Insurance fraud spikes whenever a new technology upgrade, such as the release of a new iPhone, occurs, says Dave Ashton, head of the Insurance Council's Insurance Claims Register.

Speaking at the council's annual conference this week, Ashton said when new technology was released, many people want to upgrade their model and therefore claimed their older models had been stolen, lost, or accidentally damaged. The ensuing insurance pay-out funded the new upgrade.

Although fraud was often the "elephant in the room" for insurers who don't want to accuse their policyholders of being dishonest, public attitudes are changing, Ashton said.

There has been an upsurge in anonymous public tip-offs online because people are angry that family members and friends are contributing to a rise in premiums for their insurance through lying about claims, he said.

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He cited a recent case where someone tipped the council off to a man selling his Rolex watch on Trade Me, having previously claimed on insurance for it being lost. Ashton said when the tip-off was investigated by the man's insurer, his defence was that he had later found the watch after the claim was paid out and was selling it because he had already bought a new one with the proceeds. "Yet he no longer owned that watch," Ashton said.

Ashton said it was hard to estimate the level of insurance fraud in New Zealand but internationally it's estimated to be between 10 and 20 percent of gross written premiums, which were $5.2 billion across the industry in New Zealand last year. Total claims paid out were $2.4 billion.

Two years ago, the industry estimated the average New Zealander was paying $120 more in insurance every year because a small percentage lied to their insurer.

The highest levels of fraud by consumers are for travel and motor insurance while for businesses it is for commercial material damage, such as intentionally setting fire to their work premises or flooding stock on the shelves. Ashton said there was always a spike in this type of fraud by business owners in an economic downturn.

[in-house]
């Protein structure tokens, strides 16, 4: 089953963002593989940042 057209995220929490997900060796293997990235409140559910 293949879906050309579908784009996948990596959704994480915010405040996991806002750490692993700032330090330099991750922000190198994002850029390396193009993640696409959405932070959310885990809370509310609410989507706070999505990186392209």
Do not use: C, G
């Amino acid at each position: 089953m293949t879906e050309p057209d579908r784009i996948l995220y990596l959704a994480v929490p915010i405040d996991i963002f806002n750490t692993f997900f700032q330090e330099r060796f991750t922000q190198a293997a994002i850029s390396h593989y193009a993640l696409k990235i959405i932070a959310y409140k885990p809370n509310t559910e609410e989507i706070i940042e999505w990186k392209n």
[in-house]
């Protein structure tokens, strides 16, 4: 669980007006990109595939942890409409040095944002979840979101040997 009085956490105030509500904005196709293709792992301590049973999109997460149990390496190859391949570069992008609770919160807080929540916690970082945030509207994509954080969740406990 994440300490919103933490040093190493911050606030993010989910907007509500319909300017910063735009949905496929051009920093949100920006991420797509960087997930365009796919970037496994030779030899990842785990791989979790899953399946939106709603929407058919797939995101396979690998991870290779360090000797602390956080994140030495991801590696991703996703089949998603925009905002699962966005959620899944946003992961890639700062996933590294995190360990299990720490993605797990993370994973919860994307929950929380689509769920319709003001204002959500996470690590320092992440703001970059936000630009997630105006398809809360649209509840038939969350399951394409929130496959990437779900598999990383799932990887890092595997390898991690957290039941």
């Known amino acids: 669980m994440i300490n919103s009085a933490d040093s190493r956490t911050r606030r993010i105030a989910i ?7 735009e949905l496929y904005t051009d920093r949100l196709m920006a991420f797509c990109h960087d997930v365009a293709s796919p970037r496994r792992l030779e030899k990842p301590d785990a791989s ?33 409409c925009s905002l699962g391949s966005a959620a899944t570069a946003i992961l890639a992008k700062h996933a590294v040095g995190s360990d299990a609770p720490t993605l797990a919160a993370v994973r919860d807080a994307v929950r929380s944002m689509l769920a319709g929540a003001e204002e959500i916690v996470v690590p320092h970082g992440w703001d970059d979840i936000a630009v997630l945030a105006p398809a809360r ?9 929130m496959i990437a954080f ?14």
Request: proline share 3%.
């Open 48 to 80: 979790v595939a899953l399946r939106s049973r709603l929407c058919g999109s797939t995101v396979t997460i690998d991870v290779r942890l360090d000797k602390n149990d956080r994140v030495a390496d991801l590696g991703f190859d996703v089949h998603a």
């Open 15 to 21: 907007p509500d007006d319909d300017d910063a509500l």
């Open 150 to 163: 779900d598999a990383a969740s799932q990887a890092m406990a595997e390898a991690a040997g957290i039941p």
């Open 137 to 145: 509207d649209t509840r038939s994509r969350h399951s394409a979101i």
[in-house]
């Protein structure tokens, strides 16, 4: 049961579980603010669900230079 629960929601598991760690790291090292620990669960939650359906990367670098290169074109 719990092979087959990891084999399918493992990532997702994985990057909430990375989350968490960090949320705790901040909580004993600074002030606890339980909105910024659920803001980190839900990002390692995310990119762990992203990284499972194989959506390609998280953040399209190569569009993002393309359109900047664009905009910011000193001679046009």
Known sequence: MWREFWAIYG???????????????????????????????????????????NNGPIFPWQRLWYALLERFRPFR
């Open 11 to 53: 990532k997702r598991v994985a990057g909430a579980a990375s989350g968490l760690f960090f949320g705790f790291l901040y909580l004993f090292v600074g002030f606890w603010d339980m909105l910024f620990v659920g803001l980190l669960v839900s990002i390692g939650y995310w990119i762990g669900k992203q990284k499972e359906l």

Fraud falls under three main categories - organised crime such as body shop collusions on motor cars, repeat offenders who have made serial claims, sometimes for the same item, and those insured with more than one company who double-dip by making claims for the same incident with both without realising that is illegal.

The Insurance Council of New Zealand was one of the first in the world to introduce an Insurance Claims Register 15 years ago and it now keeps data on 90 percent of the country's policy applications and insurance claims. Only authorised personnel from participating companies have access to the information.

Around 8,000 claims are now flagged as being potentially fraudulent, Ashton said, but it was up to the insurance companies' fraud teams to decide whether to investigate them.

The council this week launched upgraded technology on the register which allows more 'big data' analysis, including hotspots such as the number of burglary claims in a particular neighbourhood. It can also provide predictive analysis around likely claims for things like weather events based on the collective claims history.